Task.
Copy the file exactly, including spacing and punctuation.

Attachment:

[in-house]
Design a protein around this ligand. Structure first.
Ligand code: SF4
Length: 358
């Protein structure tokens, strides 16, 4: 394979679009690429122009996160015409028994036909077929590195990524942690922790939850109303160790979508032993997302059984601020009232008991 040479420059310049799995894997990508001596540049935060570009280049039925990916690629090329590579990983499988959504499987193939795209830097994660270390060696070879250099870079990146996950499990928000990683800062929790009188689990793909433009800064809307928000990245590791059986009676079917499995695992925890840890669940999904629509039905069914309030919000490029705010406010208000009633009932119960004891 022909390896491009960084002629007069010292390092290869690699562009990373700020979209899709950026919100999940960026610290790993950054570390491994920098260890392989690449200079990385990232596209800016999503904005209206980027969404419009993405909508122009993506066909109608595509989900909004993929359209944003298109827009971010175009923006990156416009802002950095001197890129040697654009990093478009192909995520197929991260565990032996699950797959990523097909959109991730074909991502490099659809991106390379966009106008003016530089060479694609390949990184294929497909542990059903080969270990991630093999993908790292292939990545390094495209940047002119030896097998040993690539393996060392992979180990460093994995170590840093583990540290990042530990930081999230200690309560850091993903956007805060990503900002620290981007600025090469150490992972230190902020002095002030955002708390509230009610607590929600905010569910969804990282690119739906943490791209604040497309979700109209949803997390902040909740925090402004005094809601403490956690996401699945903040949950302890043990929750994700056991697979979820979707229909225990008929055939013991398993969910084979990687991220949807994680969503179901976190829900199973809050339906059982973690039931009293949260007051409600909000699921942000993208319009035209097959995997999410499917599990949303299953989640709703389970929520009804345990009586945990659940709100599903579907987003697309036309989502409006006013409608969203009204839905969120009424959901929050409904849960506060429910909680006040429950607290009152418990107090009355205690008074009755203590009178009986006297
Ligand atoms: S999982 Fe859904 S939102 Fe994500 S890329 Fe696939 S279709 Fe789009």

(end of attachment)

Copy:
[in-house]
Design a protein around this ligand. Structure first.
Ligand code: SF4
Length: 358
């Protein structure tokens, strides 16, 4: 394979679009690429122009996160015409028994036909077929590195990524942690922790939850109303160790979508032993997302059984601020009232008991 040479420059310049799995894997990508001596540049935060570009280049039925990916690629090329590579990983499988959504499987193939795209830097994660270390060696070879250099870079990146996950499990928000990683800062929790009188689990793909433009800064809307928000990245590791059986009676079917499995695992925890840890669940999904629509039905069914309030919000490029705010406010208000009633009932119960004891 022909390896491009960084002629007069010292390092290869690699562009990373700020979209899709950026919100999940960026610290790993950054570390491994920098260890392989690449200079990385990232596209800016999503904005209206980027969404419009993405909508122009993506066909109608595509989900909004993929359209944003298109827009971010175009923006990156416009802002950095001197890129040697654009990093478009192909995520197929991260565990032996699950797959990523097909959109991730074909991502490099659809991106390379966009106008003016530089060479694609390949990184294929497909542990059903080969270990991630093999993908790292292939990545390094495209940047002119030896097998040993690539393996060392992979180990460093994995170590840093583990540290990042530990930081999230200690309560850091993903956007805060990503900002620290981007600025090469150490992972230190902020002095002030955002708390509230009610607590929600905010569910969804990282690119739906943490791209604040497309979700109209949803997390902040909740925090402004005094809601403490956690996401699945903040949950302890043990929750994700056991697979979820979707229909225990008929055939013991398993969910084979990687991220949807994680969503179901976190829900199973809050339906059982973690039931009293949260007051409600909000699921942000993208319009035209097959995997999410499917599990949303299953989640709703389970929520009804345990009586945990659940709100599903579907987003697309036309989502409006006013409608969203009204839905969120009424959901929050409904849960506060429910909680006040429950607290009152418990107090009355205690008074009755203590009178009986006297
Ligand atoms: S999982 Fe859904 S939102 Fe994500 S890329 Fe696939 S279709 Fe789009």